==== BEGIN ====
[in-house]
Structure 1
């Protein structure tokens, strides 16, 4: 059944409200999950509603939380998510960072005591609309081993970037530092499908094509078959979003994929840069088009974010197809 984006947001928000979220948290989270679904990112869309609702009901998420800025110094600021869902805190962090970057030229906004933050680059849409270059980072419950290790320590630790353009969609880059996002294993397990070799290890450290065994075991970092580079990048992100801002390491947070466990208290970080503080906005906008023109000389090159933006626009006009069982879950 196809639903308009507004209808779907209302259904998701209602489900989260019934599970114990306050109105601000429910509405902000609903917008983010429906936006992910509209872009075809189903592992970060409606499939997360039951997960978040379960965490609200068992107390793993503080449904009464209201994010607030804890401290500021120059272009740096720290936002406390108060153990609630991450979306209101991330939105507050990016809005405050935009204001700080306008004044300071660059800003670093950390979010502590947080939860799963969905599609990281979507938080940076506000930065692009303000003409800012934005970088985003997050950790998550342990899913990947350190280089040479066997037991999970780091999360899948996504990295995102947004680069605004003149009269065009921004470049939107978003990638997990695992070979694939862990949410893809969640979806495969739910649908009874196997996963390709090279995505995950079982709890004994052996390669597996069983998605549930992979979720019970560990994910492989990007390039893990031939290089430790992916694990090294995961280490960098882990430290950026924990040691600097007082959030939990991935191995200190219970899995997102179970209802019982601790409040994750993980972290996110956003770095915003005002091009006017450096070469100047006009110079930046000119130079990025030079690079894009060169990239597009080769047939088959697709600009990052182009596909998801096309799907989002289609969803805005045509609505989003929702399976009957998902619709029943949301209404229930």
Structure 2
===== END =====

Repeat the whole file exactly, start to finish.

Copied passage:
[in-house]
Structure 1
């Protein structure tokens, strides 16, 4: 059944409200999950509603939380998510960072005591609309081993970037530092499908094509078959979003994929840069088009974010197809 984006947001928000979220948290989270679904990112869309609702009901998420800025110094600021869902805190962090970057030229906004933050680059849409270059980072419950290790320590630790353009969609880059996002294993397990070799290890450290065994075991970092580079990048992100801002390491947070466990208290970080503080906005906008023109000389090159933006626009006009069982879950 196809639903308009507004209808779907209302259904998701209602489900989260019934599970114990306050109105601000429910509405902000609903917008983010429906936006992910509209872009075809189903592992970060409606499939997360039951997960978040379960965490609200068992107390793993503080449904009464209201994010607030804890401290500021120059272009740096720290936002406390108060153990609630991450979306209101991330939105507050990016809005405050935009204001700080306008004044300071660059800003670093950390979010502590947080939860799963969905599609990281979507938080940076506000930065692009303000003409800012934005970088985003997050950790998550342990899913990947350190280089040479066997037991999970780091999360899948996504990295995102947004680069605004003149009269065009921004470049939107978003990638997990695992070979694939862990949410893809969640979806495969739910649908009874196997996963390709090279995505995950079982709890004994052996390669597996069983998605549930992979979720019970560990994910492989990007390039893990031939290089430790992916694990090294995961280490960098882990430290950026924990040691600097007082959030939990991935191995200190219970899995997102179970209802019982601790409040994750993980972290996110956003770095915003005002091009006017450096070469100047006009110079930046000119130079990025030079690079894009060169990239597009080769047939088959697709600009990052182009596909998801096309799907989002289609969803805005045509609505989003929702399976009957998902619709029943949301209404229930």
Structure 2